U.S. space mining policies may trigger regulatory ‘race to the bottom,’ scientists warn

Oct. 8 (UPI) — In a newly published policy paper, a pair of Canadian scientists warn that the United States is angling to establish itself as the de facto gatekeeper of the moon and other celestial bodies.

Earlier this year, NASA published a new set of rules for lunar mining and other space activities, dubbing the voluntary guidelines the “Artemis Accords.”

Aaron Boley and Michael Byers, authors of the new Science paper, argue that the Artemis Accords are part of a concerted effort by the U.S. and NASA to set a legal precedent for space-based resource extraction.

“It’s not the Artemis Accords alone that are problematic,” Michael Byers, professor of global politics and international law at the University of British Columbia, told UPI in an email. “Rather, it’s the ongoing and concerted U.S. diplomatic effort to promote national regulation of space mining and to proceed with resource extraction before a

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Microsoft hits out at Apple with its new Windows app store policies

Microsoft is making some firm commitments to the future of app stores on Windows today. The software giant has published 10 principles it’s adopting as promises to app developers, including that it won’t block competing stores on the platform or block specific business models an app may use to make money.

The principles also cover Microsoft holding its own apps to the same standards as competing apps and a commitment to “charge reasonable fees” that are reflective of rival app stores on Windows. Microsoft also says it won’t block apps on Windows based on a developer’s choice of in-app payment systems.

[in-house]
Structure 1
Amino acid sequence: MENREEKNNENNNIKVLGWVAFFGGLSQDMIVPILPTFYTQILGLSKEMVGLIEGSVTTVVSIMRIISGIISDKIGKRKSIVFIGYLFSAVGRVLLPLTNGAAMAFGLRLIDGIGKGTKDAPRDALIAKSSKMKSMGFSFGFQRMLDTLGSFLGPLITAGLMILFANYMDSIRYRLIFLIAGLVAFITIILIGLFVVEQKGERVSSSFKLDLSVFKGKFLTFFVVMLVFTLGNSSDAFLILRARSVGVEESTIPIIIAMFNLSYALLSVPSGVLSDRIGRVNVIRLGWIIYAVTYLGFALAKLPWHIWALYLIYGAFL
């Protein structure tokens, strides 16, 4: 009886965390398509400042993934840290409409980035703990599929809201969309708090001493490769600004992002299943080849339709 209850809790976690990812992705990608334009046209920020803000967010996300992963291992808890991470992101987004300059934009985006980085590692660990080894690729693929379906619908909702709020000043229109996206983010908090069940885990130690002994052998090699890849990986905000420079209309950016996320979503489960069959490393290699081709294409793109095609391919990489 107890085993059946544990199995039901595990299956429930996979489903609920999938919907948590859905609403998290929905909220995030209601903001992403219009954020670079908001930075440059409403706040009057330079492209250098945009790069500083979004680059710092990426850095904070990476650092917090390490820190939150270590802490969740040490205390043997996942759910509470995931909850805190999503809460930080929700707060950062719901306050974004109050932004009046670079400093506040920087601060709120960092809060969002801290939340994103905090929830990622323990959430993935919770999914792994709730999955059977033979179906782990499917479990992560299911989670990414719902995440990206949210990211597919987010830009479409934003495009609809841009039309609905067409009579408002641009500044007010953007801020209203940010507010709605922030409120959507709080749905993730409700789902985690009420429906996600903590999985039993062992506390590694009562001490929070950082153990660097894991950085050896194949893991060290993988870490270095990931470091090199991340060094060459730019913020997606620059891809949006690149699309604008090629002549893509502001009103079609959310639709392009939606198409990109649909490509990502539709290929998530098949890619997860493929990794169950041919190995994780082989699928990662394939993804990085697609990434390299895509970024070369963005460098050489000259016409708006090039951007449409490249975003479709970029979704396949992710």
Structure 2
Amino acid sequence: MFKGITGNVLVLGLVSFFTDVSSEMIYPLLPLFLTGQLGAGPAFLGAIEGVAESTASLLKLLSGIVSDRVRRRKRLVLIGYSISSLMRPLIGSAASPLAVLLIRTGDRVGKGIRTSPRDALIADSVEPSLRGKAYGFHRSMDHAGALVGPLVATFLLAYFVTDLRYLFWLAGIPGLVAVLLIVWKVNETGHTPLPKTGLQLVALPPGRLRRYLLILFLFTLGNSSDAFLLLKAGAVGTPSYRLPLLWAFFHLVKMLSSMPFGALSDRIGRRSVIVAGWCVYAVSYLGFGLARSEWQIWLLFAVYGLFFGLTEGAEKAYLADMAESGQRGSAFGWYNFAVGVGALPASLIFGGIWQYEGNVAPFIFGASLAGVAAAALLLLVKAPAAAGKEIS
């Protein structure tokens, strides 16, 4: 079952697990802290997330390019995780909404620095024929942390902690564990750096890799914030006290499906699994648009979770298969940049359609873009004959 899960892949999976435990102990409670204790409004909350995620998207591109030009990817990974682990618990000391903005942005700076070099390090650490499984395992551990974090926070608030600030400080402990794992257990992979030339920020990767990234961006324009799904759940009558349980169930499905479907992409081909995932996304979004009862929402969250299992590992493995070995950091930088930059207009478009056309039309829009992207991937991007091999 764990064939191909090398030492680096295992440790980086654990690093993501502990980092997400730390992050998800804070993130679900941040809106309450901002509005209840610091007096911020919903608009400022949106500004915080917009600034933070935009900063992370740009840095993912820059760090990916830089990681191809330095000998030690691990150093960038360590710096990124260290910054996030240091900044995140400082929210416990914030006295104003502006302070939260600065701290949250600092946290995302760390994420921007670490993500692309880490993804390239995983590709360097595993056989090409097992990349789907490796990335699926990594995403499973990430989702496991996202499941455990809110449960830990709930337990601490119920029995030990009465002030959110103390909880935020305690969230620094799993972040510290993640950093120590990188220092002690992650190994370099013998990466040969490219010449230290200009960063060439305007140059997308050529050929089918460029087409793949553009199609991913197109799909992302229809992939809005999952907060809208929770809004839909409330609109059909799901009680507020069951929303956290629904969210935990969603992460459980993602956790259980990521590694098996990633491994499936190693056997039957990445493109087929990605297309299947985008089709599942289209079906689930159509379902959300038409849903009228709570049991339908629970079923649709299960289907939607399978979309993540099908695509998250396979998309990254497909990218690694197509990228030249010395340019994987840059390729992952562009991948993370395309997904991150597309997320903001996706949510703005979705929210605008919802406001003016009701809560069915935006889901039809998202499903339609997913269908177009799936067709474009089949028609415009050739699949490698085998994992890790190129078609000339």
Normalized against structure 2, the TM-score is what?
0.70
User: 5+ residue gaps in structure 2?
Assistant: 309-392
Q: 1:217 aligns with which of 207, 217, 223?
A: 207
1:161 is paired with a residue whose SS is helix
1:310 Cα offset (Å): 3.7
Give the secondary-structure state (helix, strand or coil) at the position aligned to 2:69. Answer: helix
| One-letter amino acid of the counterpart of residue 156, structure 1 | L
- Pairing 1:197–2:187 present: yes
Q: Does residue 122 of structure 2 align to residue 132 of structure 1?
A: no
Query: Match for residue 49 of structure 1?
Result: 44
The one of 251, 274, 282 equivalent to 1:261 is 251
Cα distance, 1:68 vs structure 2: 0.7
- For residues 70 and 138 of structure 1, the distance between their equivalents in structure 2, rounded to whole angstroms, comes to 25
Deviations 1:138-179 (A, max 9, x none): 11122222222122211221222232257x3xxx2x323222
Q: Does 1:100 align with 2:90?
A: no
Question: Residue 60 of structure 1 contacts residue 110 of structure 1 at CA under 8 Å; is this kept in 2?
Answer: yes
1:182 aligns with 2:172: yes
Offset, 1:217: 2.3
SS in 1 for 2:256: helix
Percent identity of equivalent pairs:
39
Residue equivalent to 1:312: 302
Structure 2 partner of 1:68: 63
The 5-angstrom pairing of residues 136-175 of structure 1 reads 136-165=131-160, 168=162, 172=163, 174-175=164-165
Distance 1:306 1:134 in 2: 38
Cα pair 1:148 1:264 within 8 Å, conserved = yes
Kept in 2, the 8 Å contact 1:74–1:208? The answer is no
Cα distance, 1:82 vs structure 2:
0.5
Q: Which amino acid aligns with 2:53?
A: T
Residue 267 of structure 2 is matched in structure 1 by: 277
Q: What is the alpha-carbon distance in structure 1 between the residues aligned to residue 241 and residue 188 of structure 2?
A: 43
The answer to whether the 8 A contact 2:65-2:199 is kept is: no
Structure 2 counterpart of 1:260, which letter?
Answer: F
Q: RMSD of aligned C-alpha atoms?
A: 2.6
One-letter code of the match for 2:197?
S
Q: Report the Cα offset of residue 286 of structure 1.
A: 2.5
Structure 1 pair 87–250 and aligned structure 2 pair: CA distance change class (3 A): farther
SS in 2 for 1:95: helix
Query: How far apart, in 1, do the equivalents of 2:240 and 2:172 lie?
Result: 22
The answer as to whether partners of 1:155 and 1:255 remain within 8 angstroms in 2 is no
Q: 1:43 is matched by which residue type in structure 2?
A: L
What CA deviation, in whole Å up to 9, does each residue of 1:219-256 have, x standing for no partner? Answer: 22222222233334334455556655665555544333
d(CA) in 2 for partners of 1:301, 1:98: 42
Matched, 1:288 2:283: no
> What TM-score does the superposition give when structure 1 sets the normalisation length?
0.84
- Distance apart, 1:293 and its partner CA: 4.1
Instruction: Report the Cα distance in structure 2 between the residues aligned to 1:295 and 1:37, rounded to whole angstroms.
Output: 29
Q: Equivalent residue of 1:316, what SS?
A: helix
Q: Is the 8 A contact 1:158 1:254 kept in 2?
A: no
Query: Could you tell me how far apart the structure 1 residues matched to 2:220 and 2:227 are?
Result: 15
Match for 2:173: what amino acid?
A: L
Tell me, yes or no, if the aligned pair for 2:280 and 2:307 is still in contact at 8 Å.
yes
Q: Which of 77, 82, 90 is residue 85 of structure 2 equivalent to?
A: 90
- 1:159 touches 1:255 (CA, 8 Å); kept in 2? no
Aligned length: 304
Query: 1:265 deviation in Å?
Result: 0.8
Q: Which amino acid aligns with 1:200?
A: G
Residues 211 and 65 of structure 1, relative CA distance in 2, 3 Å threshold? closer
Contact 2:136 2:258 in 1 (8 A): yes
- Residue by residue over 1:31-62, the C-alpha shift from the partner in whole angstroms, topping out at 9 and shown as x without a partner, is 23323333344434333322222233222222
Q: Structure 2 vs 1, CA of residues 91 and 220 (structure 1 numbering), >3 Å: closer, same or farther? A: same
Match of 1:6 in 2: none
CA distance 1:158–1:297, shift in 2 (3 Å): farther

These new principles are a clear response to app store issues surrounding both Apple and Google — in particular, Epic Games’ ongoing legal battle with Apple. Epic Games implemented its own payment system inside Fortnite on both iOS and Android, breaching Apple and Google’s policies and forcing developers

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Ex-App Store head says Apple Arcade violates Apple’s own policies

A previous head of the App Store told the US House of Representatives that Apple rejects subscription game services because they compete with Apple Arcade.

As the dispute between Apple and Epic Games continues, a former App Store manager has claimed that Apple does reject apps that compete with its own services. Questioned by the US House of Representatives in its antitrust investigation, Philip Shoemaker said that the App Store had been used to protect Apple’s interests.

“[Apple] was not being honest,” he said when asked about the company’s claim that it treats all developers the same. Calling the App Store rules both “arbitrary” and “arguable,” he said that, “Apple has struggled with using the App Store as a weapon against competitors.”

“Apple has complete and unprecedented power over their customers’ devices,” he continued. “The decisions they make with regards to third-party apps needs to be above reproach, and currently

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Apple Arcade violates the same App Store policies that are keeping Xbox Game Pass and Google Stadia off of iOS, says former App Store leader



graphical user interface, application: Apple CEO Tim Cook. AP


© AP
Apple CEO Tim Cook. AP

  • Apple’s iPhone and iPad App Store doesn’t allow subscription-based gaming services like Microsoft’s Xbox Game Pass and Google’s Stadia. 
  • The reason, according to former Apple App Store director Phil Shoemaker, is because “apps that compete against Apple’s services have a track record of problems getting through the App Store’s review process,” a new House antitrust report said.